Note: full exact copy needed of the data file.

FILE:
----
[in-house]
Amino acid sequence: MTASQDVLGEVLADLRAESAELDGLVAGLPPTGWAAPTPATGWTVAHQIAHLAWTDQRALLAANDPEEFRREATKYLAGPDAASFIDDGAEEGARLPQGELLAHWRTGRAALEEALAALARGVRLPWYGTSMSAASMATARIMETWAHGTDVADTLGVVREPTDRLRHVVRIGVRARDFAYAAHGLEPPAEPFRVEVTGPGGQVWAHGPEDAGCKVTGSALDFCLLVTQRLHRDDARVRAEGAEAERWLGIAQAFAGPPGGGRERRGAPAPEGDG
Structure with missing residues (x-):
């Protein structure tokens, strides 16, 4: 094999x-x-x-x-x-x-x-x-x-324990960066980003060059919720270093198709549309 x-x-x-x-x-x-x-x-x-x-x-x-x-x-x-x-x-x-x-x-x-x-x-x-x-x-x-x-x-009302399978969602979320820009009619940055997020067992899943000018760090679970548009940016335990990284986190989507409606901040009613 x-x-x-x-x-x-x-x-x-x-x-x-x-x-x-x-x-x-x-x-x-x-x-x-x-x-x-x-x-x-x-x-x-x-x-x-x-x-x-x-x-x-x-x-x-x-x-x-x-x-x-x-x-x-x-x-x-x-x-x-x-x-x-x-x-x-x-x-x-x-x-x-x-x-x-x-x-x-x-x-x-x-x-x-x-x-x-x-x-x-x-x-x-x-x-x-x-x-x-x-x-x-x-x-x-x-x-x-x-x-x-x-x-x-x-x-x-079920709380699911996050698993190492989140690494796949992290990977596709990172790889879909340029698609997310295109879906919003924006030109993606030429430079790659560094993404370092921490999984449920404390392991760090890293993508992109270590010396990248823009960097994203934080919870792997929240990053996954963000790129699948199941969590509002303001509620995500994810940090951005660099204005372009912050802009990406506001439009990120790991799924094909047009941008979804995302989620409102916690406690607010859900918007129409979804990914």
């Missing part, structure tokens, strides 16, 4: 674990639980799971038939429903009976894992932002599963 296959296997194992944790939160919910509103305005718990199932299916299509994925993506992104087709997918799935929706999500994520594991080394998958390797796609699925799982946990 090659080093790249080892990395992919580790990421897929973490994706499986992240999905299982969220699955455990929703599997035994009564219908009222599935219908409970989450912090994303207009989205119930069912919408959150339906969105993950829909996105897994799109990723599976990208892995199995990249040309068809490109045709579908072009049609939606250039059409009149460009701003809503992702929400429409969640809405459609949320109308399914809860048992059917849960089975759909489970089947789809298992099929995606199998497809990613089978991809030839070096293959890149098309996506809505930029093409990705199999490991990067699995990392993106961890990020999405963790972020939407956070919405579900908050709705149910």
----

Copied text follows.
[in-house]
Amino acid sequence: MTASQDVLGEVLADLRAESAELDGLVAGLPPTGWAAPTPATGWTVAHQIAHLAWTDQRALLAANDPEEFRREATKYLAGPDAASFIDDGAEEGARLPQGELLAHWRTGRAALEEALAALARGVRLPWYGTSMSAASMATARIMETWAHGTDVADTLGVVREPTDRLRHVVRIGVRARDFAYAAHGLEPPAEPFRVEVTGPGGQVWAHGPEDAGCKVTGSALDFCLLVTQRLHRDDARVRAEGAEAERWLGIAQAFAGPPGGGRERRGAPAPEGDG
Structure with missing residues (x-):
């Protein structure tokens, strides 16, 4: 094999x-x-x-x-x-x-x-x-x-324990960066980003060059919720270093198709549309 x-x-x-x-x-x-x-x-x-x-x-x-x-x-x-x-x-x-x-x-x-x-x-x-x-x-x-x-x-009302399978969602979320820009009619940055997020067992899943000018760090679970548009940016335990990284986190989507409606901040009613 x-x-x-x-x-x-x-x-x-x-x-x-x-x-x-x-x-x-x-x-x-x-x-x-x-x-x-x-x-x-x-x-x-x-x-x-x-x-x-x-x-x-x-x-x-x-x-x-x-x-x-x-x-x-x-x-x-x-x-x-x-x-x-x-x-x-x-x-x-x-x-x-x-x-x-x-x-x-x-x-x-x-x-x-x-x-x-x-x-x-x-x-x-x-x-x-x-x-x-x-x-x-x-x-x-x-x-x-x-x-x-x-x-x-x-x-x-079920709380699911996050698993190492989140690494796949992290990977596709990172790889879909340029698609997310295109879906919003924006030109993606030429430079790659560094993404370092921490999984449920404390392991760090890293993508992109270590010396990248823009960097994203934080919870792997929240990053996954963000790129699948199941969590509002303001509620995500994810940090951005660099204005372009912050802009990406506001439009990120790991799924094909047009941008979804995302989620409102916690406690607010859900918007129409979804990914």
């Missing part, structure tokens, strides 16, 4: 674990639980799971038939429903009976894992932002599963 296959296997194992944790939160919910509103305005718990199932299916299509994925993506992104087709997918799935929706999500994520594991080394998958390797796609699925799982946990 090659080093790249080892990395992919580790990421897929973490994706499986992240999905299982969220699955455990929703599997035994009564219908009222599935219908409970989450912090994303207009989205119930069912919408959150339906969105993950829909996105897994799109990723599976990208892995199995990249040309068809490109045709579908072009049609939606250039059409009149460009701003809503992702929400429409969640809405459609949320109308399914809860048992059917849960089975759909489970089947789809298992099929995606199998497809990613089978991809030839070096293959890149098309996506809505930029093409990705199999490991990067699995990392993106961890990020999405963790972020939407956070919405579900908050709705149910």